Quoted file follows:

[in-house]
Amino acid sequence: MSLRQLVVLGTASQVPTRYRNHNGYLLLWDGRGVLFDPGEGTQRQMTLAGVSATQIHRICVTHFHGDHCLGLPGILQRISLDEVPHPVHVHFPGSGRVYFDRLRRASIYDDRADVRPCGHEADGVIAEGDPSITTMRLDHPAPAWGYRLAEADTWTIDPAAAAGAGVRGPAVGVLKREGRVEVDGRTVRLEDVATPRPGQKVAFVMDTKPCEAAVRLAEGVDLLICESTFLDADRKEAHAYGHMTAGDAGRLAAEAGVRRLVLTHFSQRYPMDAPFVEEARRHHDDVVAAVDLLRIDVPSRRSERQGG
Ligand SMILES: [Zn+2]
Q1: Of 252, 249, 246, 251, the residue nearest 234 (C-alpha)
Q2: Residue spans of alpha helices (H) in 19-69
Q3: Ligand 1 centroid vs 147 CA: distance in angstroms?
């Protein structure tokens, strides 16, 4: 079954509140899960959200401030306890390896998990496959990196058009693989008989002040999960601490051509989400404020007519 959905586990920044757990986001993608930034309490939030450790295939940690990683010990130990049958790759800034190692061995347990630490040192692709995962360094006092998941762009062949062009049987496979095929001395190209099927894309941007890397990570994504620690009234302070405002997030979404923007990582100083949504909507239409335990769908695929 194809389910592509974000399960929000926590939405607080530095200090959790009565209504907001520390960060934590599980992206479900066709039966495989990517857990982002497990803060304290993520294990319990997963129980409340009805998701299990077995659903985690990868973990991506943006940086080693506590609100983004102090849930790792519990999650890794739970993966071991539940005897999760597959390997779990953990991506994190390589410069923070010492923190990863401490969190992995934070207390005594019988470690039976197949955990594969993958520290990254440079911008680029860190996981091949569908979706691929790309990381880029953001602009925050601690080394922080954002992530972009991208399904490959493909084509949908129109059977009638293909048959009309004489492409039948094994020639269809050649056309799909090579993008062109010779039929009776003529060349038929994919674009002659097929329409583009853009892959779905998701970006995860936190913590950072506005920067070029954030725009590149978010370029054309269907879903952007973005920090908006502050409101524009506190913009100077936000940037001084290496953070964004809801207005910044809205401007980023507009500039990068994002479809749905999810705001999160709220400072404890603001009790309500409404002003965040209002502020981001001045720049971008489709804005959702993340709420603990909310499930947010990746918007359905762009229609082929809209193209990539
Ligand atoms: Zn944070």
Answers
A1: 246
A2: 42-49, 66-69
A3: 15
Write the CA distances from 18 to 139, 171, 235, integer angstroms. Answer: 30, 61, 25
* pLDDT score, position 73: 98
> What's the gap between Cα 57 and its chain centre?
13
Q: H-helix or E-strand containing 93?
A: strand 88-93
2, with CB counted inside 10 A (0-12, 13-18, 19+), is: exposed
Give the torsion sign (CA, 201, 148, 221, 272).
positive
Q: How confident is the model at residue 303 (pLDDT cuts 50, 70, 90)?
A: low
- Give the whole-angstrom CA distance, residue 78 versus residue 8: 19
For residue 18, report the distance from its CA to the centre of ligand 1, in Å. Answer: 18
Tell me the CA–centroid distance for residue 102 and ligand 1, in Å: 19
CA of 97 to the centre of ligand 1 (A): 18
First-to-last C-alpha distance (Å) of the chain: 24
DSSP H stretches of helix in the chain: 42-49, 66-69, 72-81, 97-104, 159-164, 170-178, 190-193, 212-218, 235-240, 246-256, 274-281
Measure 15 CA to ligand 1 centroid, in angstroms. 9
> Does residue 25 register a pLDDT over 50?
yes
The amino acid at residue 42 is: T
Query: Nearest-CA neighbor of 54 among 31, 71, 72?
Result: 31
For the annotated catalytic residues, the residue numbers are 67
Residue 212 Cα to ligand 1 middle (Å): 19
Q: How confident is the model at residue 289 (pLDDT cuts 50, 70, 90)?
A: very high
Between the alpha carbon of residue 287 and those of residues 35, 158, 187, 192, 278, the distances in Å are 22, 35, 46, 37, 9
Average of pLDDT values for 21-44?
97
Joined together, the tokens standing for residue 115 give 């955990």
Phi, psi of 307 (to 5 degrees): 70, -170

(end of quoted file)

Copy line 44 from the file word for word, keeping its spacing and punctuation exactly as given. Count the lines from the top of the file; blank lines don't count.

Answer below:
Phi, psi of 307 (to 5 degrees): 70, -170